4 test with concentrated sulfur acid and another chemical, but as I said,
5 it is not a completely reliable test, and if we do have a positive
6 finding, that is not certain yet that the person did, in fact, fire.
7 Q. Do you know on how many bodies this test was performed? Can you
8 give us any conclusions concerning that?
9 A. No, I don't have findings on that issue.
10 Q. Doctor, how did you see that there was a body without a head?
11 A. Based on the summaries that one saw in evidence, it doesn't
12 follow that there was a single body that was headless. I have to
13 reiterate that in all cases in bodies of Racak the cause of death was
14 linked to gun-shot wounds. However, there is a sentence indicating that
15 in about 20 per cent of bodies there were visible traces of post mortem
16 activity of animals, but there are no descriptions, further descriptions,
17 concerning this. So all I can say is what I have just told you.
18 Q. Thank you.
19 MR. DJORDJEVIC: [Interpretation] Your Honours, I would like to
20 put another question before we make our break. It's page 96, 97, 98, and
21 99 in B/C/S, and pages 83, 84, 85, and 86 in English.
22 Q. Are there significant discrepancies or differences in the
23 findings of Serbian and Ukrainian pathologists on the one hand and the
24 Finnish pathologists report when it comes to findings from Racak?
25 A. There are two types of discrepancies: One is acceptable and one
1 isn't. The discrepancies are differences of cause of death can be found
2 in 16 cases. I don't think that this is a major discrepancy or a major
3 difference. For example, if we look at 6-7023F in the Finnish report it
4 is stated that the cause of death is the fracture of aorta and the
5 bleeding that resulted in the chest. The Serbian team said something
6 very very similar, although it was phrased in different terms. So I
7 don't think that that's a major difference or a major discrepancy.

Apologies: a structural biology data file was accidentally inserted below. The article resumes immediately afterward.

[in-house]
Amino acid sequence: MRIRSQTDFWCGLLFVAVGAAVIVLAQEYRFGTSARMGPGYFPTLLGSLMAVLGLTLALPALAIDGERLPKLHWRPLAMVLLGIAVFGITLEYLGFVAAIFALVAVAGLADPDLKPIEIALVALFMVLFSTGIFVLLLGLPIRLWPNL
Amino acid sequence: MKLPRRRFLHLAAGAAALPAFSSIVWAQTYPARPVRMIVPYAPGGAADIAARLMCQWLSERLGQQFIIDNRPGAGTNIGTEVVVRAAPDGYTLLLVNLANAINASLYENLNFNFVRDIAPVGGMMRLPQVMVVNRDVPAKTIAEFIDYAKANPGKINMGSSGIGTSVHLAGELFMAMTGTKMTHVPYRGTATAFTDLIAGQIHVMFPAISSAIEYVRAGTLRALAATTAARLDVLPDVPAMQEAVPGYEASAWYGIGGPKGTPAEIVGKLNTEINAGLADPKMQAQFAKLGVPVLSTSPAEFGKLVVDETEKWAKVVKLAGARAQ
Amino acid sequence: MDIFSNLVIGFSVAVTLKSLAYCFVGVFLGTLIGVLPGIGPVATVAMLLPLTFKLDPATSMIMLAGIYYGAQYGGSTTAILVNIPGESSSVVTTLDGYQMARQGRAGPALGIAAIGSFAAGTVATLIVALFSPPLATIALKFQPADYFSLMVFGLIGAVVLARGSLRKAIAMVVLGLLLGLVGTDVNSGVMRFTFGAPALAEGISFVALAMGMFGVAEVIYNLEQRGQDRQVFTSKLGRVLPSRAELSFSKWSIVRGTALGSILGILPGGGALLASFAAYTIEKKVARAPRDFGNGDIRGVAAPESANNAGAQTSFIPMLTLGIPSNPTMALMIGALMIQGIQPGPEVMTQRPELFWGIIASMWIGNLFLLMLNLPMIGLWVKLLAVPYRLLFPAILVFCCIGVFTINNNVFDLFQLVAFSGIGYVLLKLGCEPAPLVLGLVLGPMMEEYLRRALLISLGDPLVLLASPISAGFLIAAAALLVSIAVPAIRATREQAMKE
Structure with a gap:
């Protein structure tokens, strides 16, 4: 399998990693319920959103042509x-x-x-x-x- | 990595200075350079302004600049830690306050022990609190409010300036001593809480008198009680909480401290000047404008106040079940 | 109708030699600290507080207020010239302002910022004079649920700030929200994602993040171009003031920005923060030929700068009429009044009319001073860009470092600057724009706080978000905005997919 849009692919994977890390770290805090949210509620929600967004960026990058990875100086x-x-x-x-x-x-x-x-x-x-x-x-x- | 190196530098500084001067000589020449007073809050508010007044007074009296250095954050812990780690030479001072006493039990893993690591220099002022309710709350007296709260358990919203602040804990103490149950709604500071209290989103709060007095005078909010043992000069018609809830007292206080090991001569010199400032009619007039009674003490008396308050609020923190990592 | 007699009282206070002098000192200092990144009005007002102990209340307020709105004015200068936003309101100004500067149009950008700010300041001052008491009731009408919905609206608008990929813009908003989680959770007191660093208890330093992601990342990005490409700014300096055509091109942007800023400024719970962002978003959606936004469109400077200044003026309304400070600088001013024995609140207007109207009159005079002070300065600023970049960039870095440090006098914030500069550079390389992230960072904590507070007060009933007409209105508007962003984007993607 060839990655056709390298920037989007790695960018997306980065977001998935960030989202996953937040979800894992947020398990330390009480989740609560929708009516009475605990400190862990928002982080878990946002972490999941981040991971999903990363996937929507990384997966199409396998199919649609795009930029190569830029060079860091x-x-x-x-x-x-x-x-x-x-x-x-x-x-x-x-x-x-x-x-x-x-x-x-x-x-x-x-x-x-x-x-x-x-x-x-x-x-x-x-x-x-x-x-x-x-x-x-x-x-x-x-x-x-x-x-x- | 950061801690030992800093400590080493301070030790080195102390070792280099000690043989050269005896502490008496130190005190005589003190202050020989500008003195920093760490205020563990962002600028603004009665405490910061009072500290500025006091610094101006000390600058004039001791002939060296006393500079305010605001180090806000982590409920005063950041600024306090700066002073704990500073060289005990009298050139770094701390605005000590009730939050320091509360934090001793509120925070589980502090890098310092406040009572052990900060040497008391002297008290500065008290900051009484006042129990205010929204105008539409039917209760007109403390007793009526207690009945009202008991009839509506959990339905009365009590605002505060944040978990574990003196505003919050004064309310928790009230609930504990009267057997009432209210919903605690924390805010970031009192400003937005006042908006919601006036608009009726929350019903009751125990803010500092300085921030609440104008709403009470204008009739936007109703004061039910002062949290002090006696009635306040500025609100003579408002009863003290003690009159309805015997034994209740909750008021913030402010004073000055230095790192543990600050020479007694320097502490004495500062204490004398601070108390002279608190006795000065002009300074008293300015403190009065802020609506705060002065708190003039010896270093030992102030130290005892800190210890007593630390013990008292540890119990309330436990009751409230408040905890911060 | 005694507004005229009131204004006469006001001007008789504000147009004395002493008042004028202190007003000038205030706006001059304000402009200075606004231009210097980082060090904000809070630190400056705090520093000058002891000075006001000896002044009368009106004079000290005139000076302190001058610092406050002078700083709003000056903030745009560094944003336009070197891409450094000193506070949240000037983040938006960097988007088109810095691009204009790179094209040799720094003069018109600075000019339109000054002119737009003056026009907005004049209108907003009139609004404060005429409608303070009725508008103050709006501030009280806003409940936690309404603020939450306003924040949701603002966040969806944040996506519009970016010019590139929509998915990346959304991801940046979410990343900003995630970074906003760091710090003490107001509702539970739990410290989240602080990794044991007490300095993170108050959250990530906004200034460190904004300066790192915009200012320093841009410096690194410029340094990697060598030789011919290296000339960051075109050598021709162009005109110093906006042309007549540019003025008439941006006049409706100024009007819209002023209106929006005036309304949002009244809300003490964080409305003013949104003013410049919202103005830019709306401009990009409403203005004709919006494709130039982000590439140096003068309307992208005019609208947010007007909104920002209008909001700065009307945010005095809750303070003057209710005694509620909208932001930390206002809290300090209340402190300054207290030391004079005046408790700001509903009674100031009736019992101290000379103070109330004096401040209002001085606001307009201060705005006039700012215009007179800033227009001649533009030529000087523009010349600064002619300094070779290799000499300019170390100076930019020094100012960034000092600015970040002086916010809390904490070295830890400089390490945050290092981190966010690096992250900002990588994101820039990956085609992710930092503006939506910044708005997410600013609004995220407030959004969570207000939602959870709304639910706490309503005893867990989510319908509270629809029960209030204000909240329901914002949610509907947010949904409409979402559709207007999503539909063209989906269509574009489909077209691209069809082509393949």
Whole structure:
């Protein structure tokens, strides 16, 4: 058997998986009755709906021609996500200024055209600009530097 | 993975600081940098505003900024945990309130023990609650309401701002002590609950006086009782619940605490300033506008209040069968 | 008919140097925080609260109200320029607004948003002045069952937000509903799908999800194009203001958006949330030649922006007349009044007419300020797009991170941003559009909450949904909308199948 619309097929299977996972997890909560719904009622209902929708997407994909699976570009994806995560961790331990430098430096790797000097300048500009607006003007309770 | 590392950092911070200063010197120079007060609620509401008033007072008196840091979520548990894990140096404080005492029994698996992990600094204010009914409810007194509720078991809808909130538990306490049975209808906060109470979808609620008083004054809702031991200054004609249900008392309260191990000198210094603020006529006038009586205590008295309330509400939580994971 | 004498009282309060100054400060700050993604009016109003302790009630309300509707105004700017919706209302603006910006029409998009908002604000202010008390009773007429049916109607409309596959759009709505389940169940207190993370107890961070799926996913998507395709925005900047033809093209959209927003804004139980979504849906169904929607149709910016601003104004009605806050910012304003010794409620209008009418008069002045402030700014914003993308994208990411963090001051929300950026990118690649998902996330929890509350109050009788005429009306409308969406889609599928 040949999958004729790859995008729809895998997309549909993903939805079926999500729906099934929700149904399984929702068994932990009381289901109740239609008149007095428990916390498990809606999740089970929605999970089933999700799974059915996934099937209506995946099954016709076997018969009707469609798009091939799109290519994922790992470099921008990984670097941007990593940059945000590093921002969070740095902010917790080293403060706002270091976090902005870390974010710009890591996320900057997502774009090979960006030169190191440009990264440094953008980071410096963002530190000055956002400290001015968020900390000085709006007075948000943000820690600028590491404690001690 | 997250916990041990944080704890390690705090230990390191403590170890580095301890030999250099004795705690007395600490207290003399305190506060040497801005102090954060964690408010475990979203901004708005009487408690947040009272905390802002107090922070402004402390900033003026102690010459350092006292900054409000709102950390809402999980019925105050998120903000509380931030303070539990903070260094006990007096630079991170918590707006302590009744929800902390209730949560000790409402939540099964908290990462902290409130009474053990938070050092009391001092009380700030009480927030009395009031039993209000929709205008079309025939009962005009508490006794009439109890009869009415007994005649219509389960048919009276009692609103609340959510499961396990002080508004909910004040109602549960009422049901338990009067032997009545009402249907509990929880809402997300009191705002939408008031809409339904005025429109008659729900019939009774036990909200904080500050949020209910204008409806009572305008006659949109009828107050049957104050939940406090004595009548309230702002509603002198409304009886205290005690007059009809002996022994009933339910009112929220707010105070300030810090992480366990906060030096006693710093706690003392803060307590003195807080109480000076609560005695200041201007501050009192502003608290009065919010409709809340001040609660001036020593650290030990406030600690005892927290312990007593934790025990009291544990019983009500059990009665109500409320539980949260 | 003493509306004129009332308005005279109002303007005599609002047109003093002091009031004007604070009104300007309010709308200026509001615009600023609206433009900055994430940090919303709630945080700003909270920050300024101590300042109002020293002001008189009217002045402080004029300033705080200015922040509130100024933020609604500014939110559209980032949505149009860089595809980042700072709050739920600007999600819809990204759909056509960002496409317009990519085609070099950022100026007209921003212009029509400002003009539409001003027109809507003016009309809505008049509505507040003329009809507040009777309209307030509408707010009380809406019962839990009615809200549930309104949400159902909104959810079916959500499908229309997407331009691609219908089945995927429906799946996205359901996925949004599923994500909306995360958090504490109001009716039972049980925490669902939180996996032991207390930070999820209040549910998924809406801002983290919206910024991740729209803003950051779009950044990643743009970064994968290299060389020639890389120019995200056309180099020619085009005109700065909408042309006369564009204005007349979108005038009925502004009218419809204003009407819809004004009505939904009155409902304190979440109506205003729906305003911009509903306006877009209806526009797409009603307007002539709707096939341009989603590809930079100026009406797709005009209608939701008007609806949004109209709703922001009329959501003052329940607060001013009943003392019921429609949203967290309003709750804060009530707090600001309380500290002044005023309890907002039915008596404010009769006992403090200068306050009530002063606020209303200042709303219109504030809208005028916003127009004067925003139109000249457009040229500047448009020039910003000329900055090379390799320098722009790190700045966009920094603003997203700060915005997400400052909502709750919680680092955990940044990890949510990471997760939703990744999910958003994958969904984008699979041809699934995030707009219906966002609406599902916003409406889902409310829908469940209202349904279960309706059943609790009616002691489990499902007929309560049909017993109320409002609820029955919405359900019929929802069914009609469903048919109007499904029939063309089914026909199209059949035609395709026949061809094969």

8 However, there is another kind of differences or discrepancies which is
9 significant, and that is the one in the description of gun-shot wounds
10 and their number on the bodies of victims, and it exists in 11 cases, as
11 many as 11. Given that both these teams were present on the site, they
12 should have given their joint opinion or joint finding on this, including
13 this discrepancy in the number of wounds on bodies which is quite
14 significant. It is not up to me now to say who was right, but this is a
15 significant discrepancy that exists in these two reports.
16 Q. Before we break I would like to bring to your attention that
17 there is a mistake in the transcript. It shouldn't be Serbian and
18 Russian team rather than -- it should be Serbian and Belarus, Belorussian
19 team, so not -- it should be Serbian and Belorussian team.
20 Now could we see 54 -- or P524 --
21 JUDGE PARKER: [Previous translation continues]... time.
22 Can this wait until after the break?
23 MR. DJORDJEVIC: Yes.
24 JUDGE PARKER: Very well. We'll have the second break now and
25 resume at five minutes past 1.00.
1 --- Recess taken at 12.35 p.m.
2 --- On resuming at 1.08 p.m.
3 [The witness stands down]
4 JUDGE PARKER: While we wait for the witness, could I mention one
5 matter. During the break a consideration was being given to the written
6 submissions about the admissibility of a video. The DVD with which we've
7 been presented discloses only a few very short clips, whereas the
8 submissions in part at least are dealing with a video of some 30 minutes
9 of length. Can it be clear what it is that is being tendered, whether it
10 is just the short clips or the full video, and is the -- if it's only the
11 short clips, is the Chamber to have regard to the whole video for the
12 purpose of assessing, for example, some of the Defence objections that
13 it's clearly inconsistent in photography and location and so forth.
14 [The witness takes the stand]
15 JUDGE PARKER: I mention that now. You may need to think about
16 it and please confirm at a later time if you're not ready to confirm now
17 just what is intended. But at the moment there's an inconsistency
18 between what we're offered as the exhibit and the submissions and our
19 understanding of what it was about. Thank you.
20 If you could continue, Mr. Djordjevic.
21 MR. DJORDJEVIC: Thank you, Your Honours.
22 [Interpretation] Could we please see Exhibit P454, the title page
23 of this report. P454. Thank you.
24 Q. Doctor, have you had an occasion to review this report?
25 A. Yes, I reviewed this report too.
1 Q. Thank you. I will first ask you whether by examining this
2 report, did you also have a chance to see the CV of Jose Pablo-Baraybar?
3 A. Yes, I had the occasion to review his CV.
4 Q. Thank you. As you also hold an academic title, do you know that
5 there is an exam in the studies of archaeology that has something to do